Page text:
• Order Amiiformes (bowfins)
  • Division Ginglymodi Cope 1871
  • Order †Dapediiformes
  • Order †Semionotiformes Arambourg & Bertin 1958
  • Order Lepisosteiformes (gars)
  • Clade Teleosteomorpha Arratia 2000 sensu Arratia 2013
  • Division Aspidorhynchei
  • Order †Aspidorhynchiformes Bleeker 1859
  • Order †Pachycormiformes Berg 1937
  • Division Teleostei Müller 1844 sensu Arratia 2013
  • Order †?Araripichthyiformes
  • Order †?Ligulelliiformes Taverne 2011
  • Order †?Tselfatiiformes Nelson 1994
  • Order †Pholidophoriformes
  • Order †Dorsetichthyiformes
  • Order †Leptolepidiformes
  • Order †Crossognathiformes Taverne 1989
  • Order †Ichthyodectiformes Bardeck & Sprinkle 1969
  • Teleocephala de Pinna 1996 s.s.
  • Megacohort Elopocephalai Patterson 1977 sensu Arratia 1999 (Elopomorpha Greenwood et al. 1966)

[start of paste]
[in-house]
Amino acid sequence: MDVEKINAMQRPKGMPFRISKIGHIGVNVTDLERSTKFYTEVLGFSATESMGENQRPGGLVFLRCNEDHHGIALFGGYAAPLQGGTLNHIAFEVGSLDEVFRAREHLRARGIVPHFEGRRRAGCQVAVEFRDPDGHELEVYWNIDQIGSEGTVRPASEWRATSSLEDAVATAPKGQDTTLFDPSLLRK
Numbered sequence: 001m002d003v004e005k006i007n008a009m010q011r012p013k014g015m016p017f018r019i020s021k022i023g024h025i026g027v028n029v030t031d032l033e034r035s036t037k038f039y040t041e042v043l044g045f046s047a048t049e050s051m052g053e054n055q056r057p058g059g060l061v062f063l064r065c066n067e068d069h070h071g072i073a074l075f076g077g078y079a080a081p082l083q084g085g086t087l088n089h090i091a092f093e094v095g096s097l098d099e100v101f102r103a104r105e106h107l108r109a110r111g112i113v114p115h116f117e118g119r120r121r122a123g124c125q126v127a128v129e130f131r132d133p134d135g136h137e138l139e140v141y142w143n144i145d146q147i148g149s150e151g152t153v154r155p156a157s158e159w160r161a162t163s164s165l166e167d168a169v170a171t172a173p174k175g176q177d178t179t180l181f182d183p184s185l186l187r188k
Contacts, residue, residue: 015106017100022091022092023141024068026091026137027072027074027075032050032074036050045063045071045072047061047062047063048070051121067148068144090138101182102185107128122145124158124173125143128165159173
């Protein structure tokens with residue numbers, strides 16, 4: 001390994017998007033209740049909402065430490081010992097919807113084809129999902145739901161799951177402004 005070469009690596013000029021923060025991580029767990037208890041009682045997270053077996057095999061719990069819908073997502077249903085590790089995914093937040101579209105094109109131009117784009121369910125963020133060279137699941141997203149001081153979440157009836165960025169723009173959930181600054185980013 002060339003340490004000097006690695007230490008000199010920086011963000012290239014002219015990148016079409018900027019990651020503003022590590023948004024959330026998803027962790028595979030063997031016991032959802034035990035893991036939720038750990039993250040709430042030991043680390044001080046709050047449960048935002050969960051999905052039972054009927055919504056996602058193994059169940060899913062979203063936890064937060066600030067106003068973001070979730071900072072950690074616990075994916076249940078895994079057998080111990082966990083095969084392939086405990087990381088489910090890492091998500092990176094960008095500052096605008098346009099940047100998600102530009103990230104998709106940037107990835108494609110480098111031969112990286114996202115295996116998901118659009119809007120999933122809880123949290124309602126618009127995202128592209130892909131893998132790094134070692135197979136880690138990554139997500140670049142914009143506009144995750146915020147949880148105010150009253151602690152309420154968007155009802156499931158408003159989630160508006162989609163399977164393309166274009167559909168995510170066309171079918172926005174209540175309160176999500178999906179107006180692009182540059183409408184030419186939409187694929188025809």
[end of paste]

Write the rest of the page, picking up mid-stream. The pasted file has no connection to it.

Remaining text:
• Order Elopiformes Gosline 1960 (ladyfishes and tarpon)
  • Order Albuliformes Greenwood et al. 1966 sensu Forey et al. 1996 (bonefishes)
  • Order Notacanthiformes Goodrich 1909 (halosaurs and spiny eels)
  • Order Anguilliformes Jarocki 1822 sensu Goodrich 1909 (true eels)
  • Megacohort Osteoglossocephalai sensu Arratia 1999
  • Supercohort Osteoglossocephala sensu Arratia 1999 (Osteoglossomorpha Greenwood et al. 1966)
  • Order †Lycopteriformes
  • Order Hiodontiformes (mooneye and goldeye)
  • Order Osteoglossiformes (bony-tongued fishes)
  • Supercohort Clupeocephala Patterson & Rosen 1977 sensu Arratia 2010
  • Cohort Otomorpha Wiley & Johnson 2010 (Otocephala; Ostarioclupeomorpha)
  • Subcohort Clupei Wiley & Johnson 2010 (Clupeomorpha Greenwood et al. 1966)
  • Order †Ellimmichthyiformes Grande 1982